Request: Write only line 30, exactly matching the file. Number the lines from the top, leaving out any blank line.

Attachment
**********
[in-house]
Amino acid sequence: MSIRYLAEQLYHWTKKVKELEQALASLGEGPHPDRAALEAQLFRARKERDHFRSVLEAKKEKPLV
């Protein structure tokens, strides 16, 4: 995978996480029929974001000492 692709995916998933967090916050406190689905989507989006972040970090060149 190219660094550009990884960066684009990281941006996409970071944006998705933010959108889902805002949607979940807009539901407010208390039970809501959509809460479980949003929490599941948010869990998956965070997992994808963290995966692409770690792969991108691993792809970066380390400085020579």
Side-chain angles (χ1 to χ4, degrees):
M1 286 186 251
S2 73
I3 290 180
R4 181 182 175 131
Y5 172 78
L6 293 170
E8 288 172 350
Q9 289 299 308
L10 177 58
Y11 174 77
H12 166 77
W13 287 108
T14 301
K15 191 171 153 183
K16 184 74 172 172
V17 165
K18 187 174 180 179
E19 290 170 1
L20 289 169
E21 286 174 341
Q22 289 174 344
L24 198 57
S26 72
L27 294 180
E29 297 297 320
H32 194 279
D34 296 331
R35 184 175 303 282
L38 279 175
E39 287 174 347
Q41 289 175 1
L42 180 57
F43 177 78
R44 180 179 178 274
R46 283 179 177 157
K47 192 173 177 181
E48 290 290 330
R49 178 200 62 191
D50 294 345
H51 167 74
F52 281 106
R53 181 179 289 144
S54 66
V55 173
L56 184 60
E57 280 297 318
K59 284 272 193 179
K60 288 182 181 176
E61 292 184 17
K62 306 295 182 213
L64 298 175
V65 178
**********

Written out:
H32 194 279